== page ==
Performer: Chuck Jackson
Location: 2304 Truxillo, Front Porch
It’s a little before midnight as I stand on the curbside, after the rehearsals, waiting for a cab. The drive back home will take about an hour. Let me introduce myself. I’m a musician; not just by profession – music is my religion. Based in Karachi, I am formally trained in eastern and western classical and jazz music from Pakistan’s first performing arts academy, NAPA (National Academy of Performing Arts). I support my family of four: my parents, younger sister and myself, by teaching and making music.
Let’s now go back to where I was: in a cab, on the busiest road of the city, Sharah-e-Faisal. The road was previously as crowded at night as it is in the day, but it seems people now prefer to retreat to their ‘cages’ they call home as soon as the sun sets. We are passing the ‘FTC Auditorium’ right now. There was a time when we used to perform here frequently; when the city was active and alive. And then something happened; it all changed. There’s a sense of uncertainty, for nowhere near as many people are seen enjoying the view of the sea or having ‘Zahid Ki Nihari’ in the wee hours as once was the norm.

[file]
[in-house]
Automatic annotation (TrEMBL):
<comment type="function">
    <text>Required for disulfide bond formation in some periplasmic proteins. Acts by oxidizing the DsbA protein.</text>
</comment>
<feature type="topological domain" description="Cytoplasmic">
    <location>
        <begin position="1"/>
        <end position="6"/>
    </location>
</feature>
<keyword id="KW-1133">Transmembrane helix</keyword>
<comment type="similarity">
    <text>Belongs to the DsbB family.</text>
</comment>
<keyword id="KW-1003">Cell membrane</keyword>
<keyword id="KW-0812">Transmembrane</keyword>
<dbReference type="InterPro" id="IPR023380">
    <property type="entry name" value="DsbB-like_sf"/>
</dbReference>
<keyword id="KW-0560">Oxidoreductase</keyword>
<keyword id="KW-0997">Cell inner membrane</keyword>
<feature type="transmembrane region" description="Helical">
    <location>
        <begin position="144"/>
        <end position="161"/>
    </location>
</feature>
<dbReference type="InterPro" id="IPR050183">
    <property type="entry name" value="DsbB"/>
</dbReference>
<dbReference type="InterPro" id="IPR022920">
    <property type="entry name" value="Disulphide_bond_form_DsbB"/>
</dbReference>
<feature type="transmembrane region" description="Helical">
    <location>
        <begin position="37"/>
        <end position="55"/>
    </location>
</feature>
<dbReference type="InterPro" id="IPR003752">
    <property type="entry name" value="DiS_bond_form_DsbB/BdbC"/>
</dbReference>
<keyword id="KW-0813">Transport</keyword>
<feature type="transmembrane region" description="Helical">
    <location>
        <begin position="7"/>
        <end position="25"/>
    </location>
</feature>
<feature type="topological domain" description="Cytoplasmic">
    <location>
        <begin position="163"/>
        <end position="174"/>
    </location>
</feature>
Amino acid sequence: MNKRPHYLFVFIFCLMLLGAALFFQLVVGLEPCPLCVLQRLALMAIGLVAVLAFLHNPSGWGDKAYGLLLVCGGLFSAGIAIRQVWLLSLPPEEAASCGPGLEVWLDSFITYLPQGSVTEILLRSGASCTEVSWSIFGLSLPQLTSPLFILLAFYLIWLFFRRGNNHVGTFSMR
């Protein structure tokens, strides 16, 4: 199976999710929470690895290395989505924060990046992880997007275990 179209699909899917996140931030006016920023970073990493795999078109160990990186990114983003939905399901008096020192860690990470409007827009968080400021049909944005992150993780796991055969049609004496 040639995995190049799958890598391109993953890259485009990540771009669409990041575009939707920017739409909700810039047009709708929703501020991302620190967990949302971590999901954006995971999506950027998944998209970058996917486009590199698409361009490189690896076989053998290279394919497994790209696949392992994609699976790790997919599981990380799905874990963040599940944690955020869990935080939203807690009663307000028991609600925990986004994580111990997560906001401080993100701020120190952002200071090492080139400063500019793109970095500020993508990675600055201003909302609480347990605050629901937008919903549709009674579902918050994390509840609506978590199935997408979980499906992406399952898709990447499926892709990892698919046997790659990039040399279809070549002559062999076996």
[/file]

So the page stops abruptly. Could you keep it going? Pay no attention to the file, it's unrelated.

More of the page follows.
Things have changed, but my routine is still the same. I wake up at 8:30 in the morning and go to a school where I teach kids of all ages how to appreciate nature, peace and love by understanding music and other forms of arts. The other half of the day is spent busy in the studio. When there is no work, I record my own material. I still rehearse with my troupe Nritaal where I get a chance to communicate with amazing dancers and musicians who are persevering in this form of art in such times.
I am still living the life of a busy musician in this ex-city of lights. The lights of Karachi may have dimmed, but who can dampen the light burning inside my heart? The light of hope. Hope of seeing a better Pakistan, a secular Pakistan: a Pakistan which will be free from all senseless theories that divide people on the basis of race, ethnicity or religion. I will continue to make and teach music to the children of the nation. I am aware I might not be able to eat the fruits from the tree I am planting, but I am sure future generations will.
I believe whatever negativity exists in my country and society cannot penetrate through this armour of positivity I sport. If hate and terror is what they dream of, then love and peace is my reality. It’s about 1 am and I’m almost home. I must leave you all now, for it’s been a long day and I could eat a horse!